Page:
MDI asthma inhalers come under scrutiny over heavy carbon cost

Preventing life-threatening asthma attacks has become a lifelong job for Fred Langlois. Now in his 40s, Langlois vigilantly avoids triggers such as pollen and respiratory viruses and uses at least three different inhalers every day.

Inhalers, a lifesaving treatment for people with asthma and other respiratory diseases, send medications directly to the lungs, targeting affected airways and giving patients often-instant relief. However, the medium through which the medications travel recently has come under increased scrutiny. The familiar blue and orange puffers fall under a class of medication called metered-dose inhalers (MDIs). To work, MDIs use a pressurized propellant to carry medication to the airways.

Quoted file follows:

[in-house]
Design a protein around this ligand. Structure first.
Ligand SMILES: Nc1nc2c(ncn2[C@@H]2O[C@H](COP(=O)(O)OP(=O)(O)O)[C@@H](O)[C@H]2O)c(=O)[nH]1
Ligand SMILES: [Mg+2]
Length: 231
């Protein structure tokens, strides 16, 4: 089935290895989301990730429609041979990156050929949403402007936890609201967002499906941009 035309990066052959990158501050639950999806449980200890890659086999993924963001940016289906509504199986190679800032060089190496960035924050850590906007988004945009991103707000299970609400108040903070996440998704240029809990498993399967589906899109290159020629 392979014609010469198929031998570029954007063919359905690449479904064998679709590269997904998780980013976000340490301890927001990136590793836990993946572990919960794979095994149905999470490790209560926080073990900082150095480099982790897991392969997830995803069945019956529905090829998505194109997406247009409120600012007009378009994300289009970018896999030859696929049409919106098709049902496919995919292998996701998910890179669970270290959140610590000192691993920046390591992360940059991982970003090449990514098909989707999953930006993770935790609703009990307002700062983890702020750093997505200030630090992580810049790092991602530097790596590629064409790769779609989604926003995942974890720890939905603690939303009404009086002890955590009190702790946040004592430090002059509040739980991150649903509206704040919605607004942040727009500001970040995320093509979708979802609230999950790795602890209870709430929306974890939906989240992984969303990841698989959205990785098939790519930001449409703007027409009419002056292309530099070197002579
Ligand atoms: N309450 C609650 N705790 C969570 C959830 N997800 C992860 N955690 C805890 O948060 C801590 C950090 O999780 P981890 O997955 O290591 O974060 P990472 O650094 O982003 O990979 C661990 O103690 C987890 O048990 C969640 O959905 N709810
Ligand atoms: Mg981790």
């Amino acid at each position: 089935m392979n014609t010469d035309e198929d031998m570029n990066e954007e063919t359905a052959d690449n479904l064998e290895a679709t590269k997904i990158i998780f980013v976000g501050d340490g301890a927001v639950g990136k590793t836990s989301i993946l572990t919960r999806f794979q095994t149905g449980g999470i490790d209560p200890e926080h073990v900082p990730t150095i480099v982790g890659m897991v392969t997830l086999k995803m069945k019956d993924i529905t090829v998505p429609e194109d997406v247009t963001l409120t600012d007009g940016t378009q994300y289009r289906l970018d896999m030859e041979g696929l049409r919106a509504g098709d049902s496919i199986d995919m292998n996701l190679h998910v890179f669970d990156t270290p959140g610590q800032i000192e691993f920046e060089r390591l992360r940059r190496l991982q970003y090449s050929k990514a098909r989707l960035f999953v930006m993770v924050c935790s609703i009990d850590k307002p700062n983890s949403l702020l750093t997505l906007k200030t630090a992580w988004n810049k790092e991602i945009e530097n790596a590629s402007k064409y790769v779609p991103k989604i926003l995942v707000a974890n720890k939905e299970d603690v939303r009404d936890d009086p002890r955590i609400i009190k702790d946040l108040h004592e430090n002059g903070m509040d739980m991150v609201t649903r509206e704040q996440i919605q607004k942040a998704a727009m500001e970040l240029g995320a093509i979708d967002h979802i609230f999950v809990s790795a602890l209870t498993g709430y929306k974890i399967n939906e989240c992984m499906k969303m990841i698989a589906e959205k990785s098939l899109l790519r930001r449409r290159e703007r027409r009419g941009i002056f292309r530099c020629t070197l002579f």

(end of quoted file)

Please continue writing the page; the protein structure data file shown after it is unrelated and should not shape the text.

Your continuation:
“The propellants used in MDIs are approximately 1,000 times as powerful of a greenhouse gas as carbon dioxide,” says Samantha Green, a family physician and leader University of Toronto’s Sustainable Inhaler Initiative, adding that small amounts of the propellants use in an inhaler can have an “outsized” climate footprint. In fact, “the carbon footprint from one typical MDI is estimated to be around the equivalent of driving a car for 290 kilometres,” notes Green.

Low carbon alternatives exist. Dry powder inhalers (DPIs) do not require any propellant. Instead, patients use the force of their lungs to inhale the medication. Meanwhile, soft-mist inhalers (SMIs) have a spring mechanism to release medication in a fine mist. The carbon footprint of DPIs and SMIs are entirely from their manufacturing and disposal process that are magnitudes less than MDIs.